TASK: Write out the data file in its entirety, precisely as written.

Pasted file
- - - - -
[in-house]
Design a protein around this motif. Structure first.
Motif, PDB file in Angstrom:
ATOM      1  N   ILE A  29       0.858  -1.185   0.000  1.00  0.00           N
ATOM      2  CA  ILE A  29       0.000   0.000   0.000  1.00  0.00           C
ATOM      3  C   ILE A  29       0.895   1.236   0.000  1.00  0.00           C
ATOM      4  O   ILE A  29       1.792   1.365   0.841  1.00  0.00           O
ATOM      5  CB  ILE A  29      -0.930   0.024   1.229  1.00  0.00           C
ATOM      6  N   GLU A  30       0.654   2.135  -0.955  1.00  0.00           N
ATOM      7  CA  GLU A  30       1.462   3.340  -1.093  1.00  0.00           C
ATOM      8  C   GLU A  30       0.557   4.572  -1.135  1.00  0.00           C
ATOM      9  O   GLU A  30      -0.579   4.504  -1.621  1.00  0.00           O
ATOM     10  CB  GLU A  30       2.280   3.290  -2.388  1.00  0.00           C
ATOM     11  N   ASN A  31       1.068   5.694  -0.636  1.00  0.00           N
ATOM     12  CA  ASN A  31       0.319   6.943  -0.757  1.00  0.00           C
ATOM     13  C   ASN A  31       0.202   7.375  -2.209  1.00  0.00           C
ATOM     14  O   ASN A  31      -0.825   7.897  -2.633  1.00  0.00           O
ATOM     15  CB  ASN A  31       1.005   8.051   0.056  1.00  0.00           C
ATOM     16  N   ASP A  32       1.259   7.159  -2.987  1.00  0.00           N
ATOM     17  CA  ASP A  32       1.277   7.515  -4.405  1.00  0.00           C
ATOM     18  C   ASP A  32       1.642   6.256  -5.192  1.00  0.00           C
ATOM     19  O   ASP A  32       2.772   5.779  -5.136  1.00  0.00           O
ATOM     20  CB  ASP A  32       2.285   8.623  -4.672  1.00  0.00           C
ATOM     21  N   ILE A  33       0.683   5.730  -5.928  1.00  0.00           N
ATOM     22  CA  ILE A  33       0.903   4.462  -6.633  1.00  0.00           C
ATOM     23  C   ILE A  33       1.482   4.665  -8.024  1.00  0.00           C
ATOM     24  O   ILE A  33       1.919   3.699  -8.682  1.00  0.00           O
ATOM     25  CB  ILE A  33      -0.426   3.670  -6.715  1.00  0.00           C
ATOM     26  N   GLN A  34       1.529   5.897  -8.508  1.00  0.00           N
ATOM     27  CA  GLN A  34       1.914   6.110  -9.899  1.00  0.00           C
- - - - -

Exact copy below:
[in-house]
Design a protein around this motif. Structure first.
Motif, PDB file in Angstrom:
ATOM      1  N   ILE A  29       0.858  -1.185   0.000  1.00  0.00           N
ATOM      2  CA  ILE A  29       0.000   0.000   0.000  1.00  0.00           C
ATOM      3  C   ILE A  29       0.895   1.236   0.000  1.00  0.00           C
ATOM      4  O   ILE A  29       1.792   1.365   0.841  1.00  0.00           O
ATOM      5  CB  ILE A  29      -0.930   0.024   1.229  1.00  0.00           C
ATOM      6  N   GLU A  30       0.654   2.135  -0.955  1.00  0.00           N
ATOM      7  CA  GLU A  30       1.462   3.340  -1.093  1.00  0.00           C
ATOM      8  C   GLU A  30       0.557   4.572  -1.135  1.00  0.00           C
ATOM      9  O   GLU A  30      -0.579   4.504  -1.621  1.00  0.00           O
ATOM     10  CB  GLU A  30       2.280   3.290  -2.388  1.00  0.00           C
ATOM     11  N   ASN A  31       1.068   5.694  -0.636  1.00  0.00           N
ATOM     12  CA  ASN A  31       0.319   6.943  -0.757  1.00  0.00           C
ATOM     13  C   ASN A  31       0.202   7.375  -2.209  1.00  0.00           C
ATOM     14  O   ASN A  31      -0.825   7.897  -2.633  1.00  0.00           O
ATOM     15  CB  ASN A  31       1.005   8.051   0.056  1.00  0.00           C
ATOM     16  N   ASP A  32       1.259   7.159  -2.987  1.00  0.00           N
ATOM     17  CA  ASP A  32       1.277   7.515  -4.405  1.00  0.00           C
ATOM     18  C   ASP A  32       1.642   6.256  -5.192  1.00  0.00           C
ATOM     19  O   ASP A  32       2.772   5.779  -5.136  1.00  0.00           O
ATOM     20  CB  ASP A  32       2.285   8.623  -4.672  1.00  0.00           C
ATOM     21  N   ILE A  33       0.683   5.730  -5.928  1.00  0.00           N
ATOM     22  CA  ILE A  33       0.903   4.462  -6.633  1.00  0.00           C
ATOM     23  C   ILE A  33       1.482   4.665  -8.024  1.00  0.00           C
ATOM     24  O   ILE A  33       1.919   3.699  -8.682  1.00  0.00           O
ATOM     25  CB  ILE A  33      -0.426   3.670  -6.715  1.00  0.00           C
ATOM     26  N   GLN A  34       1.529   5.897  -8.508  1.00  0.00           N
ATOM     27  CA  GLN A  34       1.914   6.110  -9.899  1.00  0.00           C